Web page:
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Guest: Providing for the health of urban American Indians
The health disaparities between urban Indians and the general population are little known, and they are shocking, writes guest columnist Polly Olsen.
Special to The Times
IN December, the Seattle City Council voted to make a difference in the lives of our city’s urban Indians.
Specifically, the council voted to allow the Seattle Indian Health Board to purchase and rehabilitate Leschi Center, where the board has operated a full-service health and wellness clinic for 25 years.
This is an opportunity for the Health Board to better serve the 40,000 urban Indians who live in King County. For many, it is the primary source of health care.
But it is only the beginning.
The health disparities between urban Indians and the general population are little-known outside the Native American community.
They are shocking.
In Washington state, American Indian and Alaska Native infants are nearly twice as likely to die as other infants. American Indians and Alaska Natives generally face higher and earlier mortality rates for chronic conditions, such as diabetes and heart disease.
Health disparities are greater because of multiple socio-economic indicators: Urban Indians in cities like Seattle have some of the highest poverty rates and lowest rates of employment and education.
There are also disparities in federal funding. The federal government funds the Indian Health Service, which in turn supports the Seattle Indian Health Board. Urban Indians receive just 1 percent of all federal dollars set aside for Indian health — even though 71 percent of American Indians and Alaska Natives live in metropolitan areas.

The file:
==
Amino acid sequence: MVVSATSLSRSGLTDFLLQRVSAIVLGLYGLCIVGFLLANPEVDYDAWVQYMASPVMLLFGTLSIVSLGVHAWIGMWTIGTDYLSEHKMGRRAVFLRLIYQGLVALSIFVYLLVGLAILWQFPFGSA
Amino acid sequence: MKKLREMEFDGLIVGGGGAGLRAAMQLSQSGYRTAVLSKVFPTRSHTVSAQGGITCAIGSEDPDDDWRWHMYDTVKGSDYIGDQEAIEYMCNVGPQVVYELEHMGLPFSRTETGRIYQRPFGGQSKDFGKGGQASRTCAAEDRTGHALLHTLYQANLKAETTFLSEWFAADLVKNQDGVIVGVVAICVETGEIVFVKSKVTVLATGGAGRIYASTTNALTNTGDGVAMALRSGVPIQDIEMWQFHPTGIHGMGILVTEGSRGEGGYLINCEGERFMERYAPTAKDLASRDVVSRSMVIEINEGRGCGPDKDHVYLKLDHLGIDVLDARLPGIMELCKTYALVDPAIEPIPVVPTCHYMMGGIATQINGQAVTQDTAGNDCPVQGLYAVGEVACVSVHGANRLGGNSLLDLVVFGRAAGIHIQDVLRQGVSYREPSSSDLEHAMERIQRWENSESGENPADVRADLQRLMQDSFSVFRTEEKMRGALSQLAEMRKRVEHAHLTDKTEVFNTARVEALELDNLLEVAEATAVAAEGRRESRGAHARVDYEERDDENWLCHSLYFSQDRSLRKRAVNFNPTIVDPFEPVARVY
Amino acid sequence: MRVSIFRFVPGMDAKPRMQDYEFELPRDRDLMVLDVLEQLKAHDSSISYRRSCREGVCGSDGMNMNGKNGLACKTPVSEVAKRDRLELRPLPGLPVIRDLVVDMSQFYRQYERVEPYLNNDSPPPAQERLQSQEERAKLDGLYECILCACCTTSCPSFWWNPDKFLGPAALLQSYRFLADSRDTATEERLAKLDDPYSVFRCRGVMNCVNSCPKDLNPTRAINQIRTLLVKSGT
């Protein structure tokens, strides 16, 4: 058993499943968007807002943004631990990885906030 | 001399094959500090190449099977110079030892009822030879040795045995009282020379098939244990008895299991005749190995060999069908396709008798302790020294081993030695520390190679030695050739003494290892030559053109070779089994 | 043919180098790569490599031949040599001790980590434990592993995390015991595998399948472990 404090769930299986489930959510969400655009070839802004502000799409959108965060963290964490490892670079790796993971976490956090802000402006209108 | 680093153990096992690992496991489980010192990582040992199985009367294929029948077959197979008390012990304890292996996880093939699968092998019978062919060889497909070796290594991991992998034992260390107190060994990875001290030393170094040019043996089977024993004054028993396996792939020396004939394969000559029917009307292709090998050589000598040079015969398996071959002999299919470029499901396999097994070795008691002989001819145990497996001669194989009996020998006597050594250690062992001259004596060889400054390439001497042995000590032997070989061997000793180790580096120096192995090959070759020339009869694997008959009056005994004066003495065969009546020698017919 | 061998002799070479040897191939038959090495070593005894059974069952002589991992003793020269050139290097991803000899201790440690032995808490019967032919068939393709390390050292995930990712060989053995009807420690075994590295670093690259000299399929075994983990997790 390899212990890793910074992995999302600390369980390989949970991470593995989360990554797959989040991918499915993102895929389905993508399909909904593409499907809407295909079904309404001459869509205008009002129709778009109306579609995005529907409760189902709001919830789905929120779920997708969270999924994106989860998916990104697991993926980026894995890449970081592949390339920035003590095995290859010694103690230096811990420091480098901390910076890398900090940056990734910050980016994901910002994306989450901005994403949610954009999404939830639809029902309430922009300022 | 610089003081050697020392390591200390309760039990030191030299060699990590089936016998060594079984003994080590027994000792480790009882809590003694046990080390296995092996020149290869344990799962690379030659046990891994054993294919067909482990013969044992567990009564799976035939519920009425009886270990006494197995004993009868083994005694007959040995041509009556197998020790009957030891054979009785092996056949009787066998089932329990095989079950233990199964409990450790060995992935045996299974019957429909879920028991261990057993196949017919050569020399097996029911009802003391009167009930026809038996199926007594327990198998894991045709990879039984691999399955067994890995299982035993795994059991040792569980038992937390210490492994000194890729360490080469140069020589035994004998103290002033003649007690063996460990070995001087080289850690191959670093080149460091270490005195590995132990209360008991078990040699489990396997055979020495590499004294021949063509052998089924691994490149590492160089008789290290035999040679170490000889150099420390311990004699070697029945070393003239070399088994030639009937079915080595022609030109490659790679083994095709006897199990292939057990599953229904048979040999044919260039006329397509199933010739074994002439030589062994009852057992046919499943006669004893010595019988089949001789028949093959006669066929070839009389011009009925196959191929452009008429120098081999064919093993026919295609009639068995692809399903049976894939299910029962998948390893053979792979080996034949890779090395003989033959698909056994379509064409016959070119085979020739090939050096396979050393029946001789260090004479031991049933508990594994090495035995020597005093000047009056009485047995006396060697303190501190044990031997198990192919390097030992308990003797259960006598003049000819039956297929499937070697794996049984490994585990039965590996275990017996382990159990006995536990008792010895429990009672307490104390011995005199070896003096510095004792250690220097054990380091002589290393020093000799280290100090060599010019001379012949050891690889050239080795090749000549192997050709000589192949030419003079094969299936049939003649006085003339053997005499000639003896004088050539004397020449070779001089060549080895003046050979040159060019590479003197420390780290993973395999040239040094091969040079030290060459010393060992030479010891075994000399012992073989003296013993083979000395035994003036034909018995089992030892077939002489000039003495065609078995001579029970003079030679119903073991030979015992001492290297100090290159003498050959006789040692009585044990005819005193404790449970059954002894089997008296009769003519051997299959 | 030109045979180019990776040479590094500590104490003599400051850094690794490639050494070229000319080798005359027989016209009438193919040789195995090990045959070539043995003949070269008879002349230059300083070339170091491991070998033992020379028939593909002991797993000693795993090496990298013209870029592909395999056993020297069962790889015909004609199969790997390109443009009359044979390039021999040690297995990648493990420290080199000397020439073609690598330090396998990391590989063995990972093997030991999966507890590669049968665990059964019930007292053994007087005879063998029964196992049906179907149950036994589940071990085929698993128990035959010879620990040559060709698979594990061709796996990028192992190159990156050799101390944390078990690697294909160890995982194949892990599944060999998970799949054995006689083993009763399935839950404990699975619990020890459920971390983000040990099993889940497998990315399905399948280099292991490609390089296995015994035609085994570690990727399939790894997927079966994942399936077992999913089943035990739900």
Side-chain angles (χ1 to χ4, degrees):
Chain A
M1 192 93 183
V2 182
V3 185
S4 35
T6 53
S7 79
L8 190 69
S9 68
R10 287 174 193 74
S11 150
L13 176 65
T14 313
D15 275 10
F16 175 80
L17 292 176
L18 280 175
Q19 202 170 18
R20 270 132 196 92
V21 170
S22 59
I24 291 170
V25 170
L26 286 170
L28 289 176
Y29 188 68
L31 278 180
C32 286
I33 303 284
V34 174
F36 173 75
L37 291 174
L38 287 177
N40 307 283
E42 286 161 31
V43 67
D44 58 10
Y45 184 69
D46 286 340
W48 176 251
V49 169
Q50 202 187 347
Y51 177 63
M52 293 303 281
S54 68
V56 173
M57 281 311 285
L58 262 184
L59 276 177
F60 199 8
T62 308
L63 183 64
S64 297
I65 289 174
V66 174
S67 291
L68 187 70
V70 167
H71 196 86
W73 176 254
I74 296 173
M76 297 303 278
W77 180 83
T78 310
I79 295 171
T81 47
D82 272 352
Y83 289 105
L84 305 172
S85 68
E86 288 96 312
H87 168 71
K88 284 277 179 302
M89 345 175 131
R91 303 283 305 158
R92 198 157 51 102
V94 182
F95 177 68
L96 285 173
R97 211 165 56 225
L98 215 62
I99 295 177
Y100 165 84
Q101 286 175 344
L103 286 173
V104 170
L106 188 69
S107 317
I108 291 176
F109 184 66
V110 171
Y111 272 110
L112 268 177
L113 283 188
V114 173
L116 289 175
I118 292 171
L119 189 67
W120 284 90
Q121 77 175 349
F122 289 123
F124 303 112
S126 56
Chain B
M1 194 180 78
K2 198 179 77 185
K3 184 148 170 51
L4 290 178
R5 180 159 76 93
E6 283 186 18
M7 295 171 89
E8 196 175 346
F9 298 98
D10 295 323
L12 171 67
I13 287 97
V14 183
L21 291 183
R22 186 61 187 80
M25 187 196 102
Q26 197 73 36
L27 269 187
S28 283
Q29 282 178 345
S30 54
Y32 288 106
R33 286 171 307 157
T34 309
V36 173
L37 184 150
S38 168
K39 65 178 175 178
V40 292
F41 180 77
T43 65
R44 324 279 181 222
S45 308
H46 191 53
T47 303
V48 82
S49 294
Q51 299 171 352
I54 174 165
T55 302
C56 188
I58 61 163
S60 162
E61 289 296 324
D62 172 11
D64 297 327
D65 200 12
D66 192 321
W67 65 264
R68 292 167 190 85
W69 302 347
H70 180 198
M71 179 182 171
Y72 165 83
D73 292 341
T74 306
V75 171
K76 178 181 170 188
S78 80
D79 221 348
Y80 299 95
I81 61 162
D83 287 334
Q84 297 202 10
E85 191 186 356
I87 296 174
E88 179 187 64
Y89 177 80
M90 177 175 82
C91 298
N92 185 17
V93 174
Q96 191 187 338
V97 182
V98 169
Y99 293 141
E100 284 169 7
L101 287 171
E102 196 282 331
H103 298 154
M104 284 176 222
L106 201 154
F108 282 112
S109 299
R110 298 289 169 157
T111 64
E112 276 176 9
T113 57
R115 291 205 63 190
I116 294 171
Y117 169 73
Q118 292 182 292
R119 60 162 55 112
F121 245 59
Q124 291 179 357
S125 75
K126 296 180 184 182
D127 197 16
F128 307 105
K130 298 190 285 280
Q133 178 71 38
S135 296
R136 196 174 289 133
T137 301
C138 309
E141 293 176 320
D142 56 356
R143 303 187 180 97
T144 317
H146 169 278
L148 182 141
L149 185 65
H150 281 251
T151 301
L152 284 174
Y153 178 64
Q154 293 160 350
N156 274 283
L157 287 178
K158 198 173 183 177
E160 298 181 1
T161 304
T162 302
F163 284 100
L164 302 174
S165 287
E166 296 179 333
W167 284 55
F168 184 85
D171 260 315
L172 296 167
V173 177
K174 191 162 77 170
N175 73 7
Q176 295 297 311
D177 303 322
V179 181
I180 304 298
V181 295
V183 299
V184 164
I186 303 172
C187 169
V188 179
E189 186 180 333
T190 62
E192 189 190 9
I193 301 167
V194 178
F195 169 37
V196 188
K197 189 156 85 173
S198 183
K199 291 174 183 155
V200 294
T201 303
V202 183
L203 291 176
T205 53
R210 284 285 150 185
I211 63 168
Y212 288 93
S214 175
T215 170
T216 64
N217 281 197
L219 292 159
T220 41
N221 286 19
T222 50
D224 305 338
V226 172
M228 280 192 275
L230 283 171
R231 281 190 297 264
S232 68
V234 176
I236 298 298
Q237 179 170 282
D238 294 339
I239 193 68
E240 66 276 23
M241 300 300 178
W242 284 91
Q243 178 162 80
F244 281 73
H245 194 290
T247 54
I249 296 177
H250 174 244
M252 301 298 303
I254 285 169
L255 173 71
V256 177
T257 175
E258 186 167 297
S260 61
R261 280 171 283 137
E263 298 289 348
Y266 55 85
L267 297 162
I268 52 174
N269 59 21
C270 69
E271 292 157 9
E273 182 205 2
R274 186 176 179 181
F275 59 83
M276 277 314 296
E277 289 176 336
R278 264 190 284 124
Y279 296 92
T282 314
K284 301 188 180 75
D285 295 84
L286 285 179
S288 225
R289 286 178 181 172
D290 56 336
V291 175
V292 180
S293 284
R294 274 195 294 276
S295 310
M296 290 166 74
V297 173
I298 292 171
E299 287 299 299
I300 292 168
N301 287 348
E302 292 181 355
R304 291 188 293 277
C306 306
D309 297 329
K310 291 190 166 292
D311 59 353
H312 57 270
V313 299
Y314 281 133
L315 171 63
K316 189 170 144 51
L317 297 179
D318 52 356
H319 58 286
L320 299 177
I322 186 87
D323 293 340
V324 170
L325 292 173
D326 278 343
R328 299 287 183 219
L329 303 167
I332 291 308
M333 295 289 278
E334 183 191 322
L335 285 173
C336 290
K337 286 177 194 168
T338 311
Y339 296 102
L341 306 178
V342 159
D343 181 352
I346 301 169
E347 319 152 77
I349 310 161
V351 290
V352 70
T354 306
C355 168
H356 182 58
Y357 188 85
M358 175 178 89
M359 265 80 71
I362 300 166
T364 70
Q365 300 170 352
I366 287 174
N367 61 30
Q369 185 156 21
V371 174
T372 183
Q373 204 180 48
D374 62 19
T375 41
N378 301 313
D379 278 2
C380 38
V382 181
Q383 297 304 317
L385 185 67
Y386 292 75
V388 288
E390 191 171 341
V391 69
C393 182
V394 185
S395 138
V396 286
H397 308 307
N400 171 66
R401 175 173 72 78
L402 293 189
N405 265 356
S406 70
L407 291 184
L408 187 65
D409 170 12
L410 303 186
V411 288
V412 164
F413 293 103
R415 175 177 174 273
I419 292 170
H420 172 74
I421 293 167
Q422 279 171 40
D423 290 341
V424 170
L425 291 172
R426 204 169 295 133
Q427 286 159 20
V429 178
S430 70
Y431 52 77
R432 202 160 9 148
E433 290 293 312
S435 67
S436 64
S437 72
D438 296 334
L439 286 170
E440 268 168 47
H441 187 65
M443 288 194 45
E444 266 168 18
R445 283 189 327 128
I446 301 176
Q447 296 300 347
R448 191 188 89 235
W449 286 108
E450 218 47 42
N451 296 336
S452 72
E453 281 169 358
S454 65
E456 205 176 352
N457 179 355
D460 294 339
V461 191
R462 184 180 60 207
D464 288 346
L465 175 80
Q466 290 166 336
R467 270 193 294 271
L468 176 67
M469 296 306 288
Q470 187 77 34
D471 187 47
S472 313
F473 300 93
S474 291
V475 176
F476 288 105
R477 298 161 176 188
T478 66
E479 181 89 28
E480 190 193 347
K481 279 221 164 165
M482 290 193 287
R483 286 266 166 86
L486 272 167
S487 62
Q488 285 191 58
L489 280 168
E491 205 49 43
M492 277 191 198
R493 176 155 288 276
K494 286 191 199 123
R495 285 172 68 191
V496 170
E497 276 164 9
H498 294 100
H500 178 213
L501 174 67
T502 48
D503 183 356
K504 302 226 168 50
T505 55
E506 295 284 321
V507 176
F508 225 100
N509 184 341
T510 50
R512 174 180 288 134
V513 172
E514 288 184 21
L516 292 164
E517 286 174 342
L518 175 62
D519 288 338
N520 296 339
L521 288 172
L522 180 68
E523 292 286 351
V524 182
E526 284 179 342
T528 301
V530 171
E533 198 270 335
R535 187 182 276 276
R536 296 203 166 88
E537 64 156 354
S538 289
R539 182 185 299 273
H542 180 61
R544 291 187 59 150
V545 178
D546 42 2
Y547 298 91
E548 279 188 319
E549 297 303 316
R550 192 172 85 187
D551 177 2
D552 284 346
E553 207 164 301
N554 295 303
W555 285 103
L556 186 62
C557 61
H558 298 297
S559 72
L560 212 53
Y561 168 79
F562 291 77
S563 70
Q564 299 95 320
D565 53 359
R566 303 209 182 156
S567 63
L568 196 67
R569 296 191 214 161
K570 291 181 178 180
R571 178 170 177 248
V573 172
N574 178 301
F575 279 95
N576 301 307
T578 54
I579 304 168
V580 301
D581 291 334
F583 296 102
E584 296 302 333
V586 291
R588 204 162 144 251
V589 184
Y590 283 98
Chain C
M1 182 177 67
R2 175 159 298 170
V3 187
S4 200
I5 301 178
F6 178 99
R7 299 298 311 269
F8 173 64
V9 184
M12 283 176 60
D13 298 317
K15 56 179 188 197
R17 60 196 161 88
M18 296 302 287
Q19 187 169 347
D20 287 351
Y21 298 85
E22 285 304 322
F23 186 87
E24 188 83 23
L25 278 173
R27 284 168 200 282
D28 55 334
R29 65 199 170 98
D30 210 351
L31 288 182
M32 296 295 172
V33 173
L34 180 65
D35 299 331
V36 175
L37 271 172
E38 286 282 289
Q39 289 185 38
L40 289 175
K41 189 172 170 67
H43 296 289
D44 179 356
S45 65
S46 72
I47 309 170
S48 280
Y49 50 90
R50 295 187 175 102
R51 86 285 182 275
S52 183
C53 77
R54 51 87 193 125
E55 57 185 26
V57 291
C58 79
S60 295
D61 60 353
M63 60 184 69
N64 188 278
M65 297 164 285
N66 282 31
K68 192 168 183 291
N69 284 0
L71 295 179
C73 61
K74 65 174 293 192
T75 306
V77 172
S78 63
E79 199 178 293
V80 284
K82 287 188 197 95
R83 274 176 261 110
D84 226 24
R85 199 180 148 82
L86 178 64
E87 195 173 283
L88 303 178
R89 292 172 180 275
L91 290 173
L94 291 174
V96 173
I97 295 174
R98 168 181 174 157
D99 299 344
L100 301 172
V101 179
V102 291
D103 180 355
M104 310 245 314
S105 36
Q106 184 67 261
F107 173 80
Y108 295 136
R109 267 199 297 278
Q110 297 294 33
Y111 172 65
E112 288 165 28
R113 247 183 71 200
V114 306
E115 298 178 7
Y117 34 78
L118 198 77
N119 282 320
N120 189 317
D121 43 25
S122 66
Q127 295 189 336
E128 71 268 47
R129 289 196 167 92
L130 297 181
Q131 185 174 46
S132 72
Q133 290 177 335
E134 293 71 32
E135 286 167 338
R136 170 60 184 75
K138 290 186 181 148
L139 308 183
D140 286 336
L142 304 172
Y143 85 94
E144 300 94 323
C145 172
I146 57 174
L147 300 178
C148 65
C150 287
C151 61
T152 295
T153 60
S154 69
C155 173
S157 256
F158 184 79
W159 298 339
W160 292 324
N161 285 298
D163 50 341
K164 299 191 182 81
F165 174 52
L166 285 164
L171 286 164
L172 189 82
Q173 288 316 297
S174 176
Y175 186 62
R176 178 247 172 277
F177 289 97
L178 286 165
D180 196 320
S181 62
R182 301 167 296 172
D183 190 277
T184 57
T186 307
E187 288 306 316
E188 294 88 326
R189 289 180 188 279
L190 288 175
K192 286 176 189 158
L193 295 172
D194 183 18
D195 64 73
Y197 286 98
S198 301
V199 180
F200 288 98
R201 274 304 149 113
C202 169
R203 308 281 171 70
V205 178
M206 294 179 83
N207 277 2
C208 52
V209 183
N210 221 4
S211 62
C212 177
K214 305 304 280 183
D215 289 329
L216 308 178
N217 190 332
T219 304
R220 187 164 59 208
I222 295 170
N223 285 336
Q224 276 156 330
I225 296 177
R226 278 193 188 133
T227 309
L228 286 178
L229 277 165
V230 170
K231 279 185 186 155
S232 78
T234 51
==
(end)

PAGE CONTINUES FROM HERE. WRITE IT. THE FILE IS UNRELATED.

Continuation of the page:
With its roots in the Red Power Movement, the Native-led Seattle Indian Health Board is a nationally accredited community health center.
From its beginning in 1970, the Health Board’s model of care for our Native families has been based on the concept of the Native home. We provide or refer clients to medical, dental or social services. Urban Indian clinics across the U.S. have based their services on this model.
This model of a homebase for all health care is mirrored in how the Affordable Care Act, aka Obamacare, aims to improve health services.
In many ways, the country is following in the footsteps that Native health-care organizations have already walked. Our history gives us insight that might be valuable with medical providers transitioning to the Affordable Care Act.
The Affordable Care Act will also affect the urban Indian community in unanticipated ways. The act increases options for where urban Indians in Seattle can obtain health care. What is potentially lost in this opportunity is the Native cultural continuity that has been essential to the work of the Health Board for 43 years.
We have studied the reasons why urban Indians don’t seek out medical care. Data shows that our community experiences more than economic barriers to medical care. It shows that urban Indians distrust providers, which we attribute to a lack of Native cultural competency.
This is why we sought the City Council’s approval for the Health Board to assume payments and ownership of the Leschi Center. In the coming months, the Health Board will commence the extensive repair of longstanding water damage and the remodel to develop a 21st century Native health care center.
At the renovated Leschi Center, the Health Board will be better able to expand our services for a growing urban Indian community.
In the long run, the health disparities in Seattle’s urban Indian community will not change without the concerted attention of a broad range of partners working with the Seattle Indian Health Board, including federal, state, local governments, tribal governments and urban Indian organizations.
The future health of our urban Indian people depends upon it.
Polly Olsen, a member of the Yakama Nation, is president of the Seattle Indian Health Board and community relations director for the Indigenous Wellness Research Institute at the University of Washington.